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Buddhism. What do you desire ?. Siddartha Gautama. 5 th Century BC Wealthy Hindu Family The Four Sights A very old man A sick person A dead body A beggar Sought Enlightenment Given the title of Buddha Means “the enlightened one”. Quest for Enlightenment. Renunciation

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siddartha gautama
Siddartha Gautama
  • 5th Century BC
  • Wealthy Hindu Family
  • The Four Sights
    • A very old man
    • A sick person
    • A dead body
    • A beggar
  • Sought Enlightenment
  • Given the title of Buddha
    • Means “the enlightened one”
quest for enlightenment
Quest for Enlightenment
  • Renunciation
    • Comfort vs. Ascetism
  • Middle Path
    • Prayer and Meditation
    • No extreme self-deprivation
  • Found enlightenment
    • Beneath a tree in Bodh Gaya, India
    • Gathered disciples
    • Dhamma- teachings
four noble truths
Four Noble Truths
  • Life involves suffering
  • Suffering originates in our desires
  • Suffering will cease if all desires cease
  • There is a way to cease all desire
    • The Eightfold Path
    • Results in Nirvana
the eightfold path1
The Eightfold Path

Right View

Right Intention

Commitment to Self-Improvement


Good will


  • Looking at things appropriately
    • Beginning
    • End
    • Realization of the Four Noble Truths
the eightfold path2
The Eightfold Path

Right Speech

Right Action

Unwholesome actions lead to unsound states of mind

Don’t take life, or cause intentional harm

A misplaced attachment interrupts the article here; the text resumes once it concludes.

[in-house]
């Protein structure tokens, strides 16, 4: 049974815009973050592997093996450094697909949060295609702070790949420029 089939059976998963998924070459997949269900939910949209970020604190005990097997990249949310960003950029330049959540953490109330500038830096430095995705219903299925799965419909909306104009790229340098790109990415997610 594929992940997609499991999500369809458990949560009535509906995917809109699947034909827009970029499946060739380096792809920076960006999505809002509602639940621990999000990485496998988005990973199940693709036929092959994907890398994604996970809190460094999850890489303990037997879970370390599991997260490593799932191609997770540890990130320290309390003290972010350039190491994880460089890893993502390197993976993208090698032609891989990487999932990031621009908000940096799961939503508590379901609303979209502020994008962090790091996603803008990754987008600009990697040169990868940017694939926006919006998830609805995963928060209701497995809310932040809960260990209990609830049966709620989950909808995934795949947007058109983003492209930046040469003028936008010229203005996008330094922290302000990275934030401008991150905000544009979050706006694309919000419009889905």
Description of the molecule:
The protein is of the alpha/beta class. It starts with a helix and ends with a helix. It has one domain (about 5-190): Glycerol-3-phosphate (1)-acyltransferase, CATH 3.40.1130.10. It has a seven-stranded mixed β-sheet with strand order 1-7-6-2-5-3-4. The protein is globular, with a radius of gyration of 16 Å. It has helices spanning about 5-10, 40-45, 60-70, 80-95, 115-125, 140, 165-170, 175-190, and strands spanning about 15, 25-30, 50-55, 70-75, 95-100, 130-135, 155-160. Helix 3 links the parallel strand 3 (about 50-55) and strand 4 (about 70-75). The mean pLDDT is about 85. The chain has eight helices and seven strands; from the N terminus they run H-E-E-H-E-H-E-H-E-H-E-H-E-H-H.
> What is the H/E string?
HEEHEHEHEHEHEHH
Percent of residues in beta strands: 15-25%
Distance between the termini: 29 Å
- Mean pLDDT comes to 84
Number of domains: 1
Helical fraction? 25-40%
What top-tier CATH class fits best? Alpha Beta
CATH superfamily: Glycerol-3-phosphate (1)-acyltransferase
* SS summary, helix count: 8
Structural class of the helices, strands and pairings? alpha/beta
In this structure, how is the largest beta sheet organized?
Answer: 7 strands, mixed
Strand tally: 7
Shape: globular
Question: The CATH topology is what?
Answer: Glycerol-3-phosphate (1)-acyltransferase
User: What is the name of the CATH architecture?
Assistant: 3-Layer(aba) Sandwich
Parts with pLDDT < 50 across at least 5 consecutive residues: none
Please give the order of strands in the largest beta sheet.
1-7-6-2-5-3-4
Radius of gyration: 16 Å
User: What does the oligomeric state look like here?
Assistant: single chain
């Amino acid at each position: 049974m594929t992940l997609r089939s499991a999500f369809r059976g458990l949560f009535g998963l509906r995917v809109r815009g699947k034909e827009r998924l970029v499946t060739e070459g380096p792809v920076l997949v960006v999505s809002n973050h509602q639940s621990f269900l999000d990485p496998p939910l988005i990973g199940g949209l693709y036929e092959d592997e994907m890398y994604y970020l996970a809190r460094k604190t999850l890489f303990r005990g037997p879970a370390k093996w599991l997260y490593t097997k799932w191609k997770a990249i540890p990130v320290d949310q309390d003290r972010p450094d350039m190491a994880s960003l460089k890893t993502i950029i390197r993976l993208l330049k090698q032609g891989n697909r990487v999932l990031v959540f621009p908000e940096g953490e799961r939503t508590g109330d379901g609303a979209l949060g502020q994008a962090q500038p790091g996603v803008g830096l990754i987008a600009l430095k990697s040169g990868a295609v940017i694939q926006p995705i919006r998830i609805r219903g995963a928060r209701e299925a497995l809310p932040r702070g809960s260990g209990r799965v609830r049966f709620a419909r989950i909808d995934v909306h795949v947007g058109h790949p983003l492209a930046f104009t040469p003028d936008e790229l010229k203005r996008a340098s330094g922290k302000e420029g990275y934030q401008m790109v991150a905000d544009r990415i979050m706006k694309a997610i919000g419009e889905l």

Be Honest

Abstain from sexual misconduct

  • Words can break or save lives; make enemies or friends; start war or create peace
  • Tell the Truth
  • Speak friendly, warmly and gently
  • Talk only when necessary
the eightfold path3
The Eightfold Path

Right Livelihood

Right Effort

Seen as prerequisite for other principles

Without effort nothing can be achieved

Prevent negative thoughts and actions yet to occur

Correct negative thoughts and actions that have occurred

Start positive thoughts and actions yet ot occur

Maintain positive thoughts and actions occurring now

  • Earn living in a manner that is legal and peaceful
    • Prohibited:
      • Weapons
      • Meat (raising or butchering)
      • Drugs and Alcohol
      • Slave trading
      • Prostitution
      • Any thing that would violate right speech or action
the eightfold path4
The Eightfold Path

Right Mindfulness

Right Concentration

Concentration on wholesome thoughts and actions

One-pointedness of mind


  • Controlled and perfected cognition
  • Mental ability to see things as they are with clear consciousness
  • Awareness
    • Body
    • Feelings
    • State of Mind
    • Phenomena
schools of buddhism
Schools of Buddhism



Great Vehicle

Emphasis on common person




Enlightened beings dedicated to liberating others from suffering

Primarily in Nepal, Tibet, China and East Asia

  • Way of the Elders
  • Pali “Cannon”
    • Emphasis on monastic life
    • Lay people encouraged to support monks
  • Primarily in Sri Lanka and Southeast Asia
schools of buddhism vajrayana
Schools of Buddhism- Vajrayana
  • “Diamond Vehicle” – Tibetan Buddhism
  • Form of Mahayana Buddhism
  • Emphasis on meditative practices, compassionate living, and advanced mystical practices
  • One can become a Buddha in this lifetime
  • Teachers known as “lamas”
  • Dalai Lama
    • Spiritual and Civil Leader of Tibet
    • 14th incarnation
    • Exiled to Himalayas
  • Persecuted by Hindu Kings
    • Pushed out of India
  • Now more prevalent outside of India
  • Spread to West
    • Zen
    • Tibetan
current state
Current State
  • Although detachment encouraged some leaders have promoted proactivity
  • Engaged Buddhism
    • ThichNhatHanh
    • Meditation followed by action on insights received
      • Social, Political, and Economic Justice
      • Environmental Activism